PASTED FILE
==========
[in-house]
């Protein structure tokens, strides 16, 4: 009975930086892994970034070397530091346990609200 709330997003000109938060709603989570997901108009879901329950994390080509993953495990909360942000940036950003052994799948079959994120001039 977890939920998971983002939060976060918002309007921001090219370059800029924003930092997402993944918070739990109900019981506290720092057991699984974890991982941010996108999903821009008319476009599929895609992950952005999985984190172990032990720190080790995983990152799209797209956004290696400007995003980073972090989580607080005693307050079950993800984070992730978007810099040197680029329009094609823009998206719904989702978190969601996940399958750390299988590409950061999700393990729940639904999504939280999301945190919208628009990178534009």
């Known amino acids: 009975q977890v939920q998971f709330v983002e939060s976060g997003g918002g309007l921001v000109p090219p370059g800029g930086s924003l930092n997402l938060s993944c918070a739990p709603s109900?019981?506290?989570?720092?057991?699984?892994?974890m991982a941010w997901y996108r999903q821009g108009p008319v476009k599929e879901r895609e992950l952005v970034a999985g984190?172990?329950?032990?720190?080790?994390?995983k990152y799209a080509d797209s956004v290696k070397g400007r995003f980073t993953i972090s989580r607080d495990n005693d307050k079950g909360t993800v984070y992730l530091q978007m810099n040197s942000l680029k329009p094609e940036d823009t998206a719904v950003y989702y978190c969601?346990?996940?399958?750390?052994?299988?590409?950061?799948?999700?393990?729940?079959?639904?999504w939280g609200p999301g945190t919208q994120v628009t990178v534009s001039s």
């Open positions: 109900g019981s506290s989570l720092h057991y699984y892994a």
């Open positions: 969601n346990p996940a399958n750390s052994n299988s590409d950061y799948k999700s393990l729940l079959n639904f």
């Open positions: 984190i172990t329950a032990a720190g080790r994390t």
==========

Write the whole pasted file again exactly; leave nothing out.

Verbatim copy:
[in-house]
């Protein structure tokens, strides 16, 4: 009975930086892994970034070397530091346990609200 709330997003000109938060709603989570997901108009879901329950994390080509993953495990909360942000940036950003052994799948079959994120001039 977890939920998971983002939060976060918002309007921001090219370059800029924003930092997402993944918070739990109900019981506290720092057991699984974890991982941010996108999903821009008319476009599929895609992950952005999985984190172990032990720190080790995983990152799209797209956004290696400007995003980073972090989580607080005693307050079950993800984070992730978007810099040197680029329009094609823009998206719904989702978190969601996940399958750390299988590409950061999700393990729940639904999504939280999301945190919208628009990178534009």
């Known amino acids: 009975q977890v939920q998971f709330v983002e939060s976060g997003g918002g309007l921001v000109p090219p370059g800029g930086s924003l930092n997402l938060s993944c918070a739990p709603s109900?019981?506290?989570?720092?057991?699984?892994?974890m991982a941010w997901y996108r999903q821009g108009p008319v476009k599929e879901r895609e992950l952005v970034a999985g984190?172990?329950?032990?720190?080790?994390?995983k990152y799209a080509d797209s956004v290696k070397g400007r995003f980073t993953i972090s989580r607080d495990n005693d307050k079950g909360t993800v984070y992730l530091q978007m810099n040197s942000l680029k329009p094609e940036d823009t998206a719904v950003y989702y978190c969601?346990?996940?399958?750390?052994?299988?590409?950061?799948?999700?393990?729940?079959?639904?999504w939280g609200p999301g945190t919208q994120v628009t990178v534009s001039s």
């Open positions: 109900g019981s506290s989570l720092h057991y699984y892994a």
């Open positions: 969601n346990p996940a399958n750390s052994n299988s590409d950061y799948k999700s393990l729940l079959n639904f």
């Open positions: 984190i172990t329950a032990a720190g080790r994390t």